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Former refugee identified as future energy industry leader

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Til Baalisampang

In under seven years, Til Baalisampang has gone from struggling to survive in a refugee camp to being selected for a program for future leaders in the energy industry.

PhD student Til was one of just 150 young people to receive a place on the Young Gastech mentoring and networking program, held in Japan this week. He was also awarded a conference pass for Gastech, the world’s leading oil and gas event.  

The Young Gastech award and the opportunity to meet global leaders in the energy industry would be an achievement for any research student. The fact that Til spent over twenty years living in a refugee camp in Nepal makes it more remarkable.

“Until 2010 my family were forced to live in plastic or thatched roof bamboo walled hut without electricity. No doubts the life under the plastic-roofed hut was miserable, but it taught us a lesson to struggle for survival,” Til said.

Until 2010 my family were forced to live in plastic or thatched roof bamboo walled hut without electricity. No doubts the life under the plastic-roofed hut was miserable, but it taught us a lesson to struggle for survival.

Forced to flee his home country of Bhutan, Til studied at a United Nations High Commissioner for Refugees (UNHCR) school up to grade 10. He then managed to cross the border into India to complete a science degree; the only one of his eight siblings to do so.

“I am so proud of my parents and siblings for inspiring and supporting me to continue my higher education. The experience of camp schooling always inspires me to work hard even without resources or with the best possible use of limited resources.”

It shows: after Til’s family was granted asylum in Australia in 2010, he threw himself into an English course (he found the Australian accent hard to understand), a university preparation course and, just a year after arriving, he began an undergraduate degree in marine and offshore engineering at AMC.

Til is now researching safety on board gigantic floating liquefied natural gas (FLNG) tankers with the objective of minimising the risk of fire and explosions.

“FLNG processing facilities will be the largest vessels ever constructed and they’ve never been observed in the real world before. Because of their complex layouts, the risks are expected to be higher than in regular processing facilities,” Til explained.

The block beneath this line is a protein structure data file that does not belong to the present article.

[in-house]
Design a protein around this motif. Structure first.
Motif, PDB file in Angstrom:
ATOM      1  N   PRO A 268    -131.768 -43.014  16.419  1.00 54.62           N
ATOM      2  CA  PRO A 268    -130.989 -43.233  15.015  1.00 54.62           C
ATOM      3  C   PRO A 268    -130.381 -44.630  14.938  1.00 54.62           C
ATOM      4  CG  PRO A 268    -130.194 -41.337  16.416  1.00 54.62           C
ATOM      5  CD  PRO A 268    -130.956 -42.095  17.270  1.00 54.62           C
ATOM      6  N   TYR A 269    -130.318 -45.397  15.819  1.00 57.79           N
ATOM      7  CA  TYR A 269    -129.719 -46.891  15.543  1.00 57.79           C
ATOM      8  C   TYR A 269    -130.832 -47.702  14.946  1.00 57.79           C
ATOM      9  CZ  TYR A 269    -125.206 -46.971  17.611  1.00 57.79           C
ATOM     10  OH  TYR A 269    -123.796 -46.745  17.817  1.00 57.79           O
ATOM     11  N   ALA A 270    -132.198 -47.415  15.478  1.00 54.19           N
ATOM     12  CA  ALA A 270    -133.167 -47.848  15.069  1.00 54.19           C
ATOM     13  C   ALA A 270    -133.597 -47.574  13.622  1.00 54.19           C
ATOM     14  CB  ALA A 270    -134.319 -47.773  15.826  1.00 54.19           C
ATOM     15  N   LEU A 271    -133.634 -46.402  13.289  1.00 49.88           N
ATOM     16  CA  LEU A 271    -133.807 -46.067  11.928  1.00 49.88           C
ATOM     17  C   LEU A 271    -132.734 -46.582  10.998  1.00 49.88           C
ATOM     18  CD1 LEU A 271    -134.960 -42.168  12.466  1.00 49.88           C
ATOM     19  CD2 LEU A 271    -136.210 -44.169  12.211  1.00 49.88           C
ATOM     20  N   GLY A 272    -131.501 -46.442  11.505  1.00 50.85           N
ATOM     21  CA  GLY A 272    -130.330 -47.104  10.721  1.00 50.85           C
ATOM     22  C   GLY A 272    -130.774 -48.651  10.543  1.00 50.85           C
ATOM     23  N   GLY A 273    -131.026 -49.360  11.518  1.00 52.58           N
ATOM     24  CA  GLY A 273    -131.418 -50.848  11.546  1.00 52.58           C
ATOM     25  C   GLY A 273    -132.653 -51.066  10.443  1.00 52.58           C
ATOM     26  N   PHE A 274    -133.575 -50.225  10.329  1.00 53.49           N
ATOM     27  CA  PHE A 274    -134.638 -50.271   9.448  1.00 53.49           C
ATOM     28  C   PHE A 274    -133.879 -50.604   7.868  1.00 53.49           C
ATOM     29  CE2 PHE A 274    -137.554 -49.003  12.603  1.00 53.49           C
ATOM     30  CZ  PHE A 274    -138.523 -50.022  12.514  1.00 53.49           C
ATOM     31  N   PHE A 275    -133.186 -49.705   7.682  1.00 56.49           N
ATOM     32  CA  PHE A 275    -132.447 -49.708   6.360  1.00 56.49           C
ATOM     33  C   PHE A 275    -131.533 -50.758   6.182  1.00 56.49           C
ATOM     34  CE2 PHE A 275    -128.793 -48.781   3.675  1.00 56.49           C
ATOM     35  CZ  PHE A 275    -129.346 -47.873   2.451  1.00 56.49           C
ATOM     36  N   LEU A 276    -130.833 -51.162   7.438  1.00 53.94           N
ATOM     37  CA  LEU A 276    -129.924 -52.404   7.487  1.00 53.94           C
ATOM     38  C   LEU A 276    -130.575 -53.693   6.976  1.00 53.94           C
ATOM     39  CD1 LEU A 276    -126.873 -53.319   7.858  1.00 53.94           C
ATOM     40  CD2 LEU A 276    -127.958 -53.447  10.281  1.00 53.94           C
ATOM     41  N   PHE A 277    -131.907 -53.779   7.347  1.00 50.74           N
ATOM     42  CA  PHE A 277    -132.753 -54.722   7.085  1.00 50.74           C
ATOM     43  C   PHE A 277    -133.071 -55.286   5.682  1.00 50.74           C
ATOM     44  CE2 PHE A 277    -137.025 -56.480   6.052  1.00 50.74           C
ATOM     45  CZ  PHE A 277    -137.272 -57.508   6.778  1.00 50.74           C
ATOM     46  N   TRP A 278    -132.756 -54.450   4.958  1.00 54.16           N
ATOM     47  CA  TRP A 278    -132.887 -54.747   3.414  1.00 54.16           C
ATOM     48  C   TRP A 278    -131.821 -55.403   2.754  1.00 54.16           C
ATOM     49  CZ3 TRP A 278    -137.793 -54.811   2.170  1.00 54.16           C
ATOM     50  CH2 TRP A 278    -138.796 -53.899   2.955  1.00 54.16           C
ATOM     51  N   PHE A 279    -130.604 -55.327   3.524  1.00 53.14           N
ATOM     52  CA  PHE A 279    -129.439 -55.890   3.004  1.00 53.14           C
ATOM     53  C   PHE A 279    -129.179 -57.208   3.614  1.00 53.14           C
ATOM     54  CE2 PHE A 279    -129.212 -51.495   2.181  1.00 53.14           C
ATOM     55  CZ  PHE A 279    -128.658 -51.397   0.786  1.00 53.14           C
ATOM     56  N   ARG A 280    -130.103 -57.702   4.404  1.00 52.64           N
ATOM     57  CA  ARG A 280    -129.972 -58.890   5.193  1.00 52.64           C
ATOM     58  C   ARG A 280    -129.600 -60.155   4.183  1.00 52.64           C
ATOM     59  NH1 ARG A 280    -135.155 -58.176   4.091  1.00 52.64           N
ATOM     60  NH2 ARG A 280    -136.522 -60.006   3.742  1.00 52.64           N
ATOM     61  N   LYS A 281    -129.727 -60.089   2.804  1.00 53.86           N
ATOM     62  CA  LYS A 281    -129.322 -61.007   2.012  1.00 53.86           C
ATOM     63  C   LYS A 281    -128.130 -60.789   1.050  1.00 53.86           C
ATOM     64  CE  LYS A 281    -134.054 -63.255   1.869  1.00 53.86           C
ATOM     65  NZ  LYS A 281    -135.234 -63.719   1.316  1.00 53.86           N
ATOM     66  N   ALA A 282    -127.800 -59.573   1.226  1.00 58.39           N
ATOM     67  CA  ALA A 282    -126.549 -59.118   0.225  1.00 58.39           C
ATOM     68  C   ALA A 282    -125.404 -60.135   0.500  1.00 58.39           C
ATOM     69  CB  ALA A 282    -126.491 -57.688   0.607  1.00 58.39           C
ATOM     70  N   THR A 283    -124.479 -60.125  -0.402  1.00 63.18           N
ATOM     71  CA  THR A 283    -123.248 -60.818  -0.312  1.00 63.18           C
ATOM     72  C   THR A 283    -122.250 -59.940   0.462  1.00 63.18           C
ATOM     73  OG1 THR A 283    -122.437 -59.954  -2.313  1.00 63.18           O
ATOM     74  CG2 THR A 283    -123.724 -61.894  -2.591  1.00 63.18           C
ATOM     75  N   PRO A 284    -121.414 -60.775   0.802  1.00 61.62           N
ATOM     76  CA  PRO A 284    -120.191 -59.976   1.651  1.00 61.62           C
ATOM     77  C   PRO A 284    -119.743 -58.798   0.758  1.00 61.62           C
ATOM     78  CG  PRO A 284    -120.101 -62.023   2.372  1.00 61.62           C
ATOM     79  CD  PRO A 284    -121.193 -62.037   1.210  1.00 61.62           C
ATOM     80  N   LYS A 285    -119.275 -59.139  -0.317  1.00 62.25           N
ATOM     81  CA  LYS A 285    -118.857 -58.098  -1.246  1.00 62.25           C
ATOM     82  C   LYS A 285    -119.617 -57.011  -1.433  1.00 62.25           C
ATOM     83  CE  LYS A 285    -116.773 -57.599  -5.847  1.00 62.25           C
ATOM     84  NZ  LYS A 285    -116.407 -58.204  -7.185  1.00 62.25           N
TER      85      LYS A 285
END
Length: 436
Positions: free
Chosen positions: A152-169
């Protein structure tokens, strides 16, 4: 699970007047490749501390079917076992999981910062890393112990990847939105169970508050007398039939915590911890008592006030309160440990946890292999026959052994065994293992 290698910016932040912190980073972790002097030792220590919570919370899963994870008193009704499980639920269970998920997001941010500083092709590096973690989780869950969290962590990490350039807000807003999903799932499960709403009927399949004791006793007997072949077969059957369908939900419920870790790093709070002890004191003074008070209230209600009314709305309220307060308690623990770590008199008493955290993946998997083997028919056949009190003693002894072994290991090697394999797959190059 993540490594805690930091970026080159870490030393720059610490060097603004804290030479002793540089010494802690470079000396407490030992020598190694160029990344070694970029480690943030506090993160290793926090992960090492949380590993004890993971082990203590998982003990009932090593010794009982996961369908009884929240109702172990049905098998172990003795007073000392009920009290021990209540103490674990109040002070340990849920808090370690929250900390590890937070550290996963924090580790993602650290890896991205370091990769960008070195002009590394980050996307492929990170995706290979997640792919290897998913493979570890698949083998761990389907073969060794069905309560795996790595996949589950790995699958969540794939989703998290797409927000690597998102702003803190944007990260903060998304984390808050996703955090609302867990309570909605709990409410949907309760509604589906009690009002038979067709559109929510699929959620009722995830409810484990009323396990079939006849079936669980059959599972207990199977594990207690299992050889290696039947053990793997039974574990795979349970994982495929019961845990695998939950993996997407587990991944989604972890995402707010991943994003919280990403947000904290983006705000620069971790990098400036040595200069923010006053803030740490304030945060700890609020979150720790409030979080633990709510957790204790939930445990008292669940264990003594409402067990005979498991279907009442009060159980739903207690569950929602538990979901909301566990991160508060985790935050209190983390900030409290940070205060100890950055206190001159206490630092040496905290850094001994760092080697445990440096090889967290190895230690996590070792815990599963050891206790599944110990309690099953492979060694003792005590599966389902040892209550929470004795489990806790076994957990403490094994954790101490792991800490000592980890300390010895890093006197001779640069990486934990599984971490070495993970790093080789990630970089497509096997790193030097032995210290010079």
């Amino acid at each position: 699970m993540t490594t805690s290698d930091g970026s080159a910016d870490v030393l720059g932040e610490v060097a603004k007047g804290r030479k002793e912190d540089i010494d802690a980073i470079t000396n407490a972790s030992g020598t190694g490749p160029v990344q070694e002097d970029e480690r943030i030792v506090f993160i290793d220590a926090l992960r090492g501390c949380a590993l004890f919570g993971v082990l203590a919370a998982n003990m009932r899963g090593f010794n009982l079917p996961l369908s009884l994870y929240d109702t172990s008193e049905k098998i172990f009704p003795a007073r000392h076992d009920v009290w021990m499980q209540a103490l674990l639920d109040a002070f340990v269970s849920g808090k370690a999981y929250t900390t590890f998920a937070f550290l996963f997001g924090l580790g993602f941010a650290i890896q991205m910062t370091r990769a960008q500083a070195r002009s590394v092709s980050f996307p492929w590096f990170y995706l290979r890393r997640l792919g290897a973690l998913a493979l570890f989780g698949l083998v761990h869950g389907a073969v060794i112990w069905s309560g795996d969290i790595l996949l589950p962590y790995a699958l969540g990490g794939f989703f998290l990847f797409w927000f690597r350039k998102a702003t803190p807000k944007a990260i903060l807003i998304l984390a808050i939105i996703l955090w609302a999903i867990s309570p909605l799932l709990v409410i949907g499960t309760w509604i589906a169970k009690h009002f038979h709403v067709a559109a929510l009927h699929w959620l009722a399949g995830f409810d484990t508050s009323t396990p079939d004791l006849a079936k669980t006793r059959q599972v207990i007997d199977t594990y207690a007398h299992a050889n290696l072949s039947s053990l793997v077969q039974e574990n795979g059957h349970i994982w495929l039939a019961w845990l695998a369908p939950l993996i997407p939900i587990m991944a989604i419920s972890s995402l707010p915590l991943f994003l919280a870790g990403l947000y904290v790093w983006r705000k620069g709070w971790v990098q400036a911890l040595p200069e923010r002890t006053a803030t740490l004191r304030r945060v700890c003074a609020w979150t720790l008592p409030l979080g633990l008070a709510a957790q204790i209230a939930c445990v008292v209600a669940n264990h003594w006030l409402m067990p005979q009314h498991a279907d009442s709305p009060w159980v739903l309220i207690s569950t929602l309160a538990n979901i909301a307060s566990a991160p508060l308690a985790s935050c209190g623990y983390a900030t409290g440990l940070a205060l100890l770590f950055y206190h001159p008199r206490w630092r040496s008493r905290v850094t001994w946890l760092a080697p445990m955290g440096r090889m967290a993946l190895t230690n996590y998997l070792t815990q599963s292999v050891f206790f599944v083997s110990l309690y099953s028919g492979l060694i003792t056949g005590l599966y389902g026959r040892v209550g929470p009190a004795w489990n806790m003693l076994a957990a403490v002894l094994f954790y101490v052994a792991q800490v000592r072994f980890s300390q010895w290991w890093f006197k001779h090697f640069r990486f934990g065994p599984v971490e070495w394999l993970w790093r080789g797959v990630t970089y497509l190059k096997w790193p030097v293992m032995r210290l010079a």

“Minimising the risk of accidents like fire and explosions on these facilities motivates me and my team to undertake this project to perform a risk assessment and management in FLNG processing facilities.”

Til is one of eleven PhD students in AMC’s Environmental, Energy and Safety Engineering group.

“I am proud of his achievement and enthusiasm to continue moving forward,” Professor Faisal Khan, Til’s PhD supervisor, said.

Co-supervisor Dr Vikram Garaniya explains that he inspires and sets an example for students and teachers alike.

“We’re so proud of Til for his Young Gastech award. He’s so dedicated and sets a real example to the other students.

“Students like him inspire and motivate us as teachers and supervisors.”

Students like him inspire and motivate us as teachers and supervisors.

“Til’s success with Young Gastech confirms the capability of our Environmental, Energy and Safety Engineering group as a world-class platform to share knowledge and expertise in this field,” adds co-supervisor Dr Rouzbeh Abbassi.

Til drew on his PhD research to inform his Gastech application, which involved a video presentation and essay on the future of the oil and gas industry. He hopes the experience will boost his research and help make industry contacts.

“Attending Gastech and Young Gastech will help me really understand current FLNG opportunities and challenges relevant to my research, as well as the latest industry innovations.”

Japan is calling for now, but in the long term Til is hoping to contribute to his adoptive country.  

“Australia is a vibrant multicultural country where people believe in fair society and everyone deserves a fair go. It welcomed me and my family members when we were in critical stage in the refugee camp and it provided us an opportunity to call it home.

“I want to give back to Australia and its society by making the best use of my experience and ability.”

I want to give back to Australia and its society by making the best use of my experience and ability.

Published on: 04 Apr 2017